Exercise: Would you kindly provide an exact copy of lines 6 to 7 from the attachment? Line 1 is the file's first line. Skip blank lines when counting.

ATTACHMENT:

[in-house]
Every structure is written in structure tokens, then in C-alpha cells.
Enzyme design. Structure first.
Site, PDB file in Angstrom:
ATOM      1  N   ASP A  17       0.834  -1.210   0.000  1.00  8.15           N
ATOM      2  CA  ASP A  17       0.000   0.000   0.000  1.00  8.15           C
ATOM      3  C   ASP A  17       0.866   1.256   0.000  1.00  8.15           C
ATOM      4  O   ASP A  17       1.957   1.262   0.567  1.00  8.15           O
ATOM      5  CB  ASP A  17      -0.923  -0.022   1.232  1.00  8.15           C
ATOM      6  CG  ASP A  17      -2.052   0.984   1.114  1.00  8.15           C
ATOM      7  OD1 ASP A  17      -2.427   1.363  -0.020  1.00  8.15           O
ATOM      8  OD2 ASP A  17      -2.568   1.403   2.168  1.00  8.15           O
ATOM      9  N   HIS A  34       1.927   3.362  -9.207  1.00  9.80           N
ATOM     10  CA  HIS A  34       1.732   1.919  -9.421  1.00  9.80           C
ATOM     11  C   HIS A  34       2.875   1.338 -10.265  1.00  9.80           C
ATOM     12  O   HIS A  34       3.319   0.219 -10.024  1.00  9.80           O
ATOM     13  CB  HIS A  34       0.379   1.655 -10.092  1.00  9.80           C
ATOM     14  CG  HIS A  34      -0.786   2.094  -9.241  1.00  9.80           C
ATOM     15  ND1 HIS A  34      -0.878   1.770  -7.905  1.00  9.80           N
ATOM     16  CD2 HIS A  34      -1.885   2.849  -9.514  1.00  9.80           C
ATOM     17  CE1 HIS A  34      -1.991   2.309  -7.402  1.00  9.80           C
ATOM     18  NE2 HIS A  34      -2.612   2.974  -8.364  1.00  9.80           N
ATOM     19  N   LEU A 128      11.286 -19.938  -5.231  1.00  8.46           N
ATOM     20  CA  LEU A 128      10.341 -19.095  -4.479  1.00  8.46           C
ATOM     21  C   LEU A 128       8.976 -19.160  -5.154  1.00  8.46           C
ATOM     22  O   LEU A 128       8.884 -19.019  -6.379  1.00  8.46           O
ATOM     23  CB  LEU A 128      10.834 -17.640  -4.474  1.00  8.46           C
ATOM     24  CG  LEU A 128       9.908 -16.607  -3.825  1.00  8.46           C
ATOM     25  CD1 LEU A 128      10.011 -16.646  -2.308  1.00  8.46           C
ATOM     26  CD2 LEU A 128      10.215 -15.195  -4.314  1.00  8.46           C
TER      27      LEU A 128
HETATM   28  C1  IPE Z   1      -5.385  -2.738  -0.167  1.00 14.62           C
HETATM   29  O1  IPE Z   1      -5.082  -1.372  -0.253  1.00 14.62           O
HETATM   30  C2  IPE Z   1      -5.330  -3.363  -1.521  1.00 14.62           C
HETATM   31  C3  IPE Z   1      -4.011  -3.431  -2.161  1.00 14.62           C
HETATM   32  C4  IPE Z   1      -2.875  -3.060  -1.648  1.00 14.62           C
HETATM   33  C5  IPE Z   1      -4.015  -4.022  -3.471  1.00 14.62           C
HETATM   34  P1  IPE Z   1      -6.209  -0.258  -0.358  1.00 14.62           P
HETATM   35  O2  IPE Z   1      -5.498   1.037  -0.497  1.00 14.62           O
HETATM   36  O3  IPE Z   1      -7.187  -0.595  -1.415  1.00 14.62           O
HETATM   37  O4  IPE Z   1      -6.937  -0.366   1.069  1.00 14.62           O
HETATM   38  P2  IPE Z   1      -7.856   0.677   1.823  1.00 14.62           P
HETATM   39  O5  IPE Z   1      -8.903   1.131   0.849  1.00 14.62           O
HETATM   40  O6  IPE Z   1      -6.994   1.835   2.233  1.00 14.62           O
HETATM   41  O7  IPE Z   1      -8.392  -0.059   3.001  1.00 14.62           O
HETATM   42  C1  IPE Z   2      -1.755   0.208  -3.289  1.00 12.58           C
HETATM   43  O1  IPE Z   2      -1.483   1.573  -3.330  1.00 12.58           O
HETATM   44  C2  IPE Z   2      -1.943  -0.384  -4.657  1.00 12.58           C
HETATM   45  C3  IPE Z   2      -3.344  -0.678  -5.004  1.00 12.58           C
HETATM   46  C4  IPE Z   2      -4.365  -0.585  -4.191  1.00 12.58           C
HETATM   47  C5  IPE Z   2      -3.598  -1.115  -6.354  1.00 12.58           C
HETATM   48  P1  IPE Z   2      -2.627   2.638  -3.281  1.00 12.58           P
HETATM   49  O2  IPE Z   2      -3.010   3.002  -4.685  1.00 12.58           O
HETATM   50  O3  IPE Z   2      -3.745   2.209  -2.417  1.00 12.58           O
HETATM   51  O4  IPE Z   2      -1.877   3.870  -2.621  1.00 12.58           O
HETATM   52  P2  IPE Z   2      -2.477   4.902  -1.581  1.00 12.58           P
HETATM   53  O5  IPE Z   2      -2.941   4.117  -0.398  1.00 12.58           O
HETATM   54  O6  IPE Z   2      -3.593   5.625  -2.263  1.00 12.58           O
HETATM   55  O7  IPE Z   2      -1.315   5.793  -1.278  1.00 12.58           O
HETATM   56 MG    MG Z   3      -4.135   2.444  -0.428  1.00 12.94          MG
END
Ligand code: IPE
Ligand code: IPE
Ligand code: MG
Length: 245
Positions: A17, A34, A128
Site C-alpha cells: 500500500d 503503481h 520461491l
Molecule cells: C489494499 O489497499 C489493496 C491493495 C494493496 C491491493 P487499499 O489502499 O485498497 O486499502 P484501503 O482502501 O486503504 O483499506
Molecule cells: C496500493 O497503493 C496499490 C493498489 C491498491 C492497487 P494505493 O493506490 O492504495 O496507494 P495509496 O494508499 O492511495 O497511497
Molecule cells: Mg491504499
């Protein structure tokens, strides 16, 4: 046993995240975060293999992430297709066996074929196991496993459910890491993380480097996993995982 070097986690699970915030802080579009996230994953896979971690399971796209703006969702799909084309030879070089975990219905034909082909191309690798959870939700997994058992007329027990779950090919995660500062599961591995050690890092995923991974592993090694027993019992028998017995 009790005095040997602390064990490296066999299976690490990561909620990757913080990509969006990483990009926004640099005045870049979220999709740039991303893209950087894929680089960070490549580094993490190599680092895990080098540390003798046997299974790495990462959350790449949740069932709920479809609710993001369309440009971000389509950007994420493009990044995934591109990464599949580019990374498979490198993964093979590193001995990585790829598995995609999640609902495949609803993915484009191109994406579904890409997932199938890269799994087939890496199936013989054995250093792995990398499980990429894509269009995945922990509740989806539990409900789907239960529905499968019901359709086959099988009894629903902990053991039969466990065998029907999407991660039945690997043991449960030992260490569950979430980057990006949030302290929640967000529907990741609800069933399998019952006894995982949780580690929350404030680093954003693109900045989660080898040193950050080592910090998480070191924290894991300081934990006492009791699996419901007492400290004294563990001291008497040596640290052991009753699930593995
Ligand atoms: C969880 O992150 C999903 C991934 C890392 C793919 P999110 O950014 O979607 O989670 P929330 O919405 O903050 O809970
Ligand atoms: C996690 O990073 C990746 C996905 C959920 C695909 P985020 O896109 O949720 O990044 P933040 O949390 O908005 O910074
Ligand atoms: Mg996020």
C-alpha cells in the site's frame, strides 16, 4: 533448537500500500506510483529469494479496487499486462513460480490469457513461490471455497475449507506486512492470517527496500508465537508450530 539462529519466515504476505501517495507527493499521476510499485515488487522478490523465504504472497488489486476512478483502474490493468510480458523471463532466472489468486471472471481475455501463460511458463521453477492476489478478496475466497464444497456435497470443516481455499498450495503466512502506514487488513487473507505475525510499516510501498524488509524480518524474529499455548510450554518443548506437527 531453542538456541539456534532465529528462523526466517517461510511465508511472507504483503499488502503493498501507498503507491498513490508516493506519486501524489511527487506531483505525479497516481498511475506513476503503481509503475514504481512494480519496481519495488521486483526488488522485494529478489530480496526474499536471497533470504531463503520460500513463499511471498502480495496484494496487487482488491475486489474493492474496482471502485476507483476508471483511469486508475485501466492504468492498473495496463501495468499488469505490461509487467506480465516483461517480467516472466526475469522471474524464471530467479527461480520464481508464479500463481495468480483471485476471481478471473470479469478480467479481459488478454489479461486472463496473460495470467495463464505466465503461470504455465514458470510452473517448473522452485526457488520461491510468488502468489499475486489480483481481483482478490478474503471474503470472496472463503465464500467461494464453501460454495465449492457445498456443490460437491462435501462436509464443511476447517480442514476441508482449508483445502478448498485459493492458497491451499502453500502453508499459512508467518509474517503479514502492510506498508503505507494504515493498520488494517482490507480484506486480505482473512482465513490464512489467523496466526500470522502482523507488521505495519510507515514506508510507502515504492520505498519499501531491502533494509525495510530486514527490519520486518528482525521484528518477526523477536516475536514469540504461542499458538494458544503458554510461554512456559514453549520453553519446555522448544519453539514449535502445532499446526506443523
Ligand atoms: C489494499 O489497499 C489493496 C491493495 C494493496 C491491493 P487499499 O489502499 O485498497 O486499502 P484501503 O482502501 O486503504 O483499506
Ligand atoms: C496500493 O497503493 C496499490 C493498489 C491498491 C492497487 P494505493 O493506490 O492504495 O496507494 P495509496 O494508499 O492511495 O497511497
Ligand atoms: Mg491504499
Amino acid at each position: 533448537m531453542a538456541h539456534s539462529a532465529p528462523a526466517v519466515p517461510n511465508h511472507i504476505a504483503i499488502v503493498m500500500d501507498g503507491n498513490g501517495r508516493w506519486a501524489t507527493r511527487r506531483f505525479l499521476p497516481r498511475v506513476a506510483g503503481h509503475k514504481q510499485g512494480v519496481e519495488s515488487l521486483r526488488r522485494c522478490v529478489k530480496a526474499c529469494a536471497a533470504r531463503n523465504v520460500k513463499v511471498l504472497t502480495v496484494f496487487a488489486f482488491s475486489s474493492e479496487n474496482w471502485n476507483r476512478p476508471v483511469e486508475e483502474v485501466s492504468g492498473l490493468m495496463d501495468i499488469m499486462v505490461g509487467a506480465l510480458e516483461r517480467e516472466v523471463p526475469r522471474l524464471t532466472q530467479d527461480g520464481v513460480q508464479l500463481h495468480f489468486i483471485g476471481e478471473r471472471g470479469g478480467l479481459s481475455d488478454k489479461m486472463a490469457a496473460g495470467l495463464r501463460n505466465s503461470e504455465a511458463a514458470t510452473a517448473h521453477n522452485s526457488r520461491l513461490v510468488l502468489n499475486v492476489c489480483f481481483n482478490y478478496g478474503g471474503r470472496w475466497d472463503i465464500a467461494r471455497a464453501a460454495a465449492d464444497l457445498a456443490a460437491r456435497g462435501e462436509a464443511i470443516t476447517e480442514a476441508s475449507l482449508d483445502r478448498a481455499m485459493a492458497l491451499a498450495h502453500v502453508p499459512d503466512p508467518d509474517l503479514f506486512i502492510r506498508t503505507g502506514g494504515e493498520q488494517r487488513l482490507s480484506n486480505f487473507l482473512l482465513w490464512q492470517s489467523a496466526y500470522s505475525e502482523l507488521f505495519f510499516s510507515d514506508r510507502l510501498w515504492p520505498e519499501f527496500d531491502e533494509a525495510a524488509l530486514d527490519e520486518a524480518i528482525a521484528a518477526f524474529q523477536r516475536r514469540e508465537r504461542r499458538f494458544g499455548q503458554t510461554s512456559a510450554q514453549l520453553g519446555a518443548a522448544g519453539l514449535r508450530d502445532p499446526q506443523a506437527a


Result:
ATOM      2  CA  ASP A  17       0.000   0.000   0.000  1.00  8.15           C
ATOM      3  C   ASP A  17       0.866   1.256   0.000  1.00  8.15           C